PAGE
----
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James S. Grill v. Tom Quinn

January 19, 2012


The opinion of the court was delivered by: Gregory G. Hollows United States Magistrate Judge


Previously pending on this court's law and motion calendar for January 12, 2012, was plaintiff's motion for discovery, filed December 8, 2011. The parties filed a joint statement on January 6, 2012. Plaintiff appeared in pro se. Alison Garner appeared telephonically for defendant. Having now heard oral argument and reviewed the joint statement, the court issues the following order.


The operative complaint is the amended complaint which contains two distinct causes of action for (1) breach of contract (actually breach of federal statutory duties within the context of a "settlement contract") and (2) lack of procedural due process.*fn1 The undersigned will not repeat the entire discussion as to how these claims were ascertained, see docket #s 19, 20; suffice it to say here that the first claim is to be decided under the standards of the Administrative Procedures Act, and the second claim stands on its own as a constitutional claim independent of the strictures of the APA.

Plaintiff has moved to compel discovery, but defendant responds that because this is an action for review of an administrative record under the Administrative Procedure Act ("APA"), the government is exempt from Rule 26. Plaintiff argues that his claim for lack of procedural due process is a claim arising under the Constitution and therefore it is not subject to the APA.



It is difficult to determine exactly what discovery plaintiff is moving to compel as the joint statement contains briefing akin to a summary judgment motion. Plaintiff has set forth a statement of facts, disputed factual issues, and disputed evidentiary issues, and defendant has responded to this format of briefing. Although plaintiff's motion to compel discovery, filed December 8, 2011, requests discovery in general, claiming that the administrative record ("AR") is incomplete and defendants have acted in bad faith which is an exception to limited AR review, the joint statement filed on January 6, 2012, indicates that plaintiff not only seeks discovery of documents allegedly missing from the AR, but also disputes that certain documents should be contained in the AR because they are not relevant, and further seeks to supplement the AR with plaintiff's exhibits.

Defendant first contends that both of plaintiff's claims are governed by the APA. The first claim, that the Forest Service violated the APA in its decision process regarding plaintiff's permit, clearly comes under the APA. Defendant further argues that the second claim, for lack of procedural due process, arises under the APA because 5 U.S.C. § 706(2)(b) provides that "the reviewing court shall ... hold unlawful and set aside agency action... contrary to constitutional right, power, privilege or immunity." 5 U.S.C. §706(2)(B). Because the United States cannot be sued unless it waives sovereign immunity, defendant contends that plaintiff cannot proceed with his procedural due process claim unless there is this waiver which necessarily comes from the APA.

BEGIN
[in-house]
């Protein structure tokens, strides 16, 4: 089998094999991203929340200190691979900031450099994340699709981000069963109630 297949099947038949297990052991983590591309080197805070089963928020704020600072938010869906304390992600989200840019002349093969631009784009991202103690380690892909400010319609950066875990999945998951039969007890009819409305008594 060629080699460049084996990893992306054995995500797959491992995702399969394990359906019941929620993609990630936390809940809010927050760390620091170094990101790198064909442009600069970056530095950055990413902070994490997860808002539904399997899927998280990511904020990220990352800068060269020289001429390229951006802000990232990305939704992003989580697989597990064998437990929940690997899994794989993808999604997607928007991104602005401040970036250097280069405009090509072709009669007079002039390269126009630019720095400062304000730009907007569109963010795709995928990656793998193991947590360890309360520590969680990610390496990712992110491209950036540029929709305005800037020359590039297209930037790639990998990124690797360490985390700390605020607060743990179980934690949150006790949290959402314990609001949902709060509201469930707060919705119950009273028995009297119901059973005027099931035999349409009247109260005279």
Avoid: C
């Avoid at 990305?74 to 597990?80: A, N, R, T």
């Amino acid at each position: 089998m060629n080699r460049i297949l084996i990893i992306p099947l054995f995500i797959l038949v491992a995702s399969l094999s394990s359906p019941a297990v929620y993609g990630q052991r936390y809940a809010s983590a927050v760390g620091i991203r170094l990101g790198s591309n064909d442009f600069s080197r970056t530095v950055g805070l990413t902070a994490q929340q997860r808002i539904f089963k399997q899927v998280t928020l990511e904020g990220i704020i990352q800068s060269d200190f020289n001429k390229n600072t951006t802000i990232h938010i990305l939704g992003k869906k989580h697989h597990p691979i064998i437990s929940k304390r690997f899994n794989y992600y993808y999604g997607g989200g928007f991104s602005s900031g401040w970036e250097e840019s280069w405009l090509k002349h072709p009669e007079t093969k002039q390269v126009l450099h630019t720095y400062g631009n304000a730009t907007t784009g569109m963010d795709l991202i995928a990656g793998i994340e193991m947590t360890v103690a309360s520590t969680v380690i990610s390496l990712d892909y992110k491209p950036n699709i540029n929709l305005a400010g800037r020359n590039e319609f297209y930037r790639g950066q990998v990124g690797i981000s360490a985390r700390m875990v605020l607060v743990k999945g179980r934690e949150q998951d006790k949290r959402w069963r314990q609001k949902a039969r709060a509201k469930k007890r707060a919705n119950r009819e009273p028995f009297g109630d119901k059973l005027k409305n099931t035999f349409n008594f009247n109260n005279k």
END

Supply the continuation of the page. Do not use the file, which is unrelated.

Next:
Defendant next argues that plaintiff has failed to demonstrate exceptional circumstances to justify extra-record review. In this regard, defendant argues that the court is required to presume that the Forest Service properly designated the record and included all documents directly or indirectly related to its decision. Defendant asserts that plaintiff has failed to present evidence to overcome the presumption that the record has been properly designated. Defendant also contends that even if further explanation by the agency is later deemed necessary, remand to the agency is the preferred course.

Plaintiff's second basis for requesting extra-record evidence is bad faith. Defendant asserts that this exception is especially narrow and mere allegations of bad faith are not sufficient to warrant extra-record review.

Plaintiff makes no argument regarding these exceptions to administrative record review in the joint statement; however,in his motion, plaintiff asserts that when defendants rescinded the construction permit, and then later terminated the use permit contract, they were motivated by considerations which are unknown and which may constitute affirmative misconduct at worst. Any such discovery may be contrary to their written statements. Therefore, plaintiff contends, the administrative record is incomplete in this regard. (Pl.'s Mot. at 6.)


Cases brought under the APA ordinarily do not consider extra ...

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